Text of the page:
MUÑIZ AIR NATIONAL GUARD BASE, Puerto Rico --
The 156th Wing, along with four other Air National Guard Wings, two Air Force Reserve Wings, the U.S. Navy, U.S. Coast Guard and other government agencies partnered to execute Operation Hoodoo Sea, an agile combat training exercise led by the Virginia Air National Guard, which occurred on the southeast U.S. coast, during the first week of May.
Airmen assigned to the 156th Wing engaged with the 192nd Wing to coordinate and support logistics and airfield operations for F-22 Raptors and KC-135 Stratotankers at Muñiz Air National Guard Base while providing command and control support from the 141st Air Control Squadron to control the skies.
"The 156th Wing's strategic location is ideal for supporting Major Commands and the Department of Defense implementing the 2022 National Defense Strategy," said U.S. Air Force Col. Evaristo Orengo, 156th Wing Commander. "We will continue to integrate and support our sister units and their cargo, combat and refueling aircraft while providing superior relevance to the Puerto Rico Air National Guard and its Airmen worldwide."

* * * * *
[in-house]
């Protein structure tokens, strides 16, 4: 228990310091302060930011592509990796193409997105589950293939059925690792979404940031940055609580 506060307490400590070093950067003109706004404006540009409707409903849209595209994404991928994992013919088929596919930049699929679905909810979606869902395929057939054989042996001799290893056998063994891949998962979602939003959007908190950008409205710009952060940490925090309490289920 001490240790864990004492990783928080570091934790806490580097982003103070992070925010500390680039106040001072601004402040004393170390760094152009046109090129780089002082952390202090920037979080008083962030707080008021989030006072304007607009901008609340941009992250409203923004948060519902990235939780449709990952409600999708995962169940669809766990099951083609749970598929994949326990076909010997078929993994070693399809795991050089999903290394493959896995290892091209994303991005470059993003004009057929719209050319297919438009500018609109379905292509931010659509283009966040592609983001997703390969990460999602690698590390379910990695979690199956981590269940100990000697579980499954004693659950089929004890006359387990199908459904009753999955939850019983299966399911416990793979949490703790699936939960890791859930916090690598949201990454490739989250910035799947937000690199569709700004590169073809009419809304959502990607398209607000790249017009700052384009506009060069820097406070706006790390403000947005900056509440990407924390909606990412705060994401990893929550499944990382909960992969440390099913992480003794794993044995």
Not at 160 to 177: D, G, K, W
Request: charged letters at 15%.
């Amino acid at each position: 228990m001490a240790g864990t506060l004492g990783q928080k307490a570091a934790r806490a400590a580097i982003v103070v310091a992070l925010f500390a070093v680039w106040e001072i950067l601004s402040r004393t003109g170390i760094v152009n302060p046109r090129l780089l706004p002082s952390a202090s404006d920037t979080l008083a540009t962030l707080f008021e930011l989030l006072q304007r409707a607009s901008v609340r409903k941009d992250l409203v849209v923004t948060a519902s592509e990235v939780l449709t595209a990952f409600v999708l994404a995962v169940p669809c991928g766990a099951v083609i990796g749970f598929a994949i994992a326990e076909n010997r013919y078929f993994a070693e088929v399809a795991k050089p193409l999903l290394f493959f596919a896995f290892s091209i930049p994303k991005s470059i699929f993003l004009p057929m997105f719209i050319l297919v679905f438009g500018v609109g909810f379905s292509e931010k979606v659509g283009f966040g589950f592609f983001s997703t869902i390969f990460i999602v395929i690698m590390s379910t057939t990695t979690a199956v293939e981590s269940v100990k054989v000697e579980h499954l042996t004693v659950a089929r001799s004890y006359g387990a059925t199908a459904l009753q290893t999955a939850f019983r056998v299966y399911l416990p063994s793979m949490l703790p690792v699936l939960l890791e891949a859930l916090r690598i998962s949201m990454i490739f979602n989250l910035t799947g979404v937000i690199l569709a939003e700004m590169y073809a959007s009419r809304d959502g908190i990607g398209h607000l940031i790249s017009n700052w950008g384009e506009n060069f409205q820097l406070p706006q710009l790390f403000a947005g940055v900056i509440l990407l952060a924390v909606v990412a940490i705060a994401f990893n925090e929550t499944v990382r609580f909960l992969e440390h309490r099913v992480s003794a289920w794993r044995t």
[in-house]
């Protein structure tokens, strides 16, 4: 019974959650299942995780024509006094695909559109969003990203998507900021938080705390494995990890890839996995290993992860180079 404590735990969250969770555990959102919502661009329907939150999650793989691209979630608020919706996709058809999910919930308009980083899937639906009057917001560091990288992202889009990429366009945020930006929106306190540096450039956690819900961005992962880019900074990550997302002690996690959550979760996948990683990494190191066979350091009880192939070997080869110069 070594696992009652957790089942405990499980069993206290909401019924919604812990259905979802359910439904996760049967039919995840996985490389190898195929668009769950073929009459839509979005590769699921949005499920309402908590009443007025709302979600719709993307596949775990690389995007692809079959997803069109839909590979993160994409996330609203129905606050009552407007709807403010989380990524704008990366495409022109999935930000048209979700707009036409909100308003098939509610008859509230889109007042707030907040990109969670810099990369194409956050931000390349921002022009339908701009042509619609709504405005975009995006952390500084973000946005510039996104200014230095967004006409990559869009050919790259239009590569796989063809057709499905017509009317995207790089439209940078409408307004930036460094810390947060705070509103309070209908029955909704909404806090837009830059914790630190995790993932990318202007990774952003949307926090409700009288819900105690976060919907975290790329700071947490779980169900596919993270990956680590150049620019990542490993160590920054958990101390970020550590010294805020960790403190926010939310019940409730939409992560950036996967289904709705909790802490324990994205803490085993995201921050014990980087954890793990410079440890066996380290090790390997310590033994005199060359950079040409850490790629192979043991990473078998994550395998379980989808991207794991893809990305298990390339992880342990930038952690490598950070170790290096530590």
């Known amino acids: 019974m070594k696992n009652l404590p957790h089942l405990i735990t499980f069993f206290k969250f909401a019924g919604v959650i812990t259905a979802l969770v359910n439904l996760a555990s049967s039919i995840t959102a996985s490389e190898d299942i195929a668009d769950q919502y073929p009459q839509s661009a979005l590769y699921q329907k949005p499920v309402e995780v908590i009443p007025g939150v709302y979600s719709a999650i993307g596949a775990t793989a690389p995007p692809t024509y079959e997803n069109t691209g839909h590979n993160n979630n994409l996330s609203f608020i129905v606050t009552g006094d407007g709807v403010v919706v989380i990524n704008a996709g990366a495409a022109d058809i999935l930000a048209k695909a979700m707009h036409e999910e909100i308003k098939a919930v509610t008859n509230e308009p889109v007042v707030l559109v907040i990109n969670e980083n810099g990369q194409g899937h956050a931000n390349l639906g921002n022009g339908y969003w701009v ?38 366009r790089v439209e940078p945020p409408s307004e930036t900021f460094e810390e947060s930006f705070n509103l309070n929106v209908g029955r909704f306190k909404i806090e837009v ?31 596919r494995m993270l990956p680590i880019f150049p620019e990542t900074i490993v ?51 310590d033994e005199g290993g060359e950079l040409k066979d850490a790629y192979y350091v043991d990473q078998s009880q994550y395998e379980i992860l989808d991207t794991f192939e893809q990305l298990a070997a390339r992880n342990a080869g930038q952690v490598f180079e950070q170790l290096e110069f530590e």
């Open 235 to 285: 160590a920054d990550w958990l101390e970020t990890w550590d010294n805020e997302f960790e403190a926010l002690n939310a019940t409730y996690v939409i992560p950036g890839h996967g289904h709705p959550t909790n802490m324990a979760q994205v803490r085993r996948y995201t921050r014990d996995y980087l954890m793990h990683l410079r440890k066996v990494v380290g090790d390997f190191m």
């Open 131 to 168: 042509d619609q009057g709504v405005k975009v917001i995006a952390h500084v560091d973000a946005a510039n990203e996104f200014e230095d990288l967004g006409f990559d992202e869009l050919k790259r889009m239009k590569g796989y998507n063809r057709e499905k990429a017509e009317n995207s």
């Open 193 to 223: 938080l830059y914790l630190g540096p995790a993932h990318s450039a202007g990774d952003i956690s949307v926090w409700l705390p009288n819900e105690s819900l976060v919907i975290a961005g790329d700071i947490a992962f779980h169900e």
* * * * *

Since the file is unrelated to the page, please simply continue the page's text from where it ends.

Operation Hoodoo Sea's goal was to assess and validate minimum force elements using Multi-Capable Airmen to support a “scale down” deployment by over 90% of the typical workforce and equipment footprint.
"Airmen with experience working one subset of tasks will be asked to see how they can integrate on different tasks in austere environments," said U.S. Air Force Lt. Col. Lawrence Dietrich, 149th Fighter Squadron commander and exercise commander. "At the end of the exercise, if a KC-135 crew chief is taking a post-mission intelligence report from an F-22 pilot and disseminating threat location to a displaced, over-the-horizon bomber force, while a C-17 loadmaster is helping to execute a combat turn on an F-22, then we are exceeding our expectations for this exercise."
Units participating in the exercise tested innovation solutions for agile, secure communications, portable aerospace ground equipment, aircraft concealment, and survival kits.
"We're testing a new ladder that collapses and stows inside the F-22 cockpit," said Dietrich. "This reduces forward staging requirement of equipment and people for ingress and egress of the cockpit to zero."
This exercise, along with previous exercises supported by the PRANG, such as U.S. Southern Command's Forward Tiger exercise recently, provides a unique opportunity for our Airmen to train hands-on with various airframes and implement concepts of Multi-Capable Airmen as well as Agile Combat Employment.
"We are proud to be a part of these large scale exercises and see how our Airmen represent the Puerto Rico Air National Guard with their professionalism, proving our combat capabilities align with National Security Strategy initiatives," said Orengo.
To see the full album of photos from this exercise visit the following link: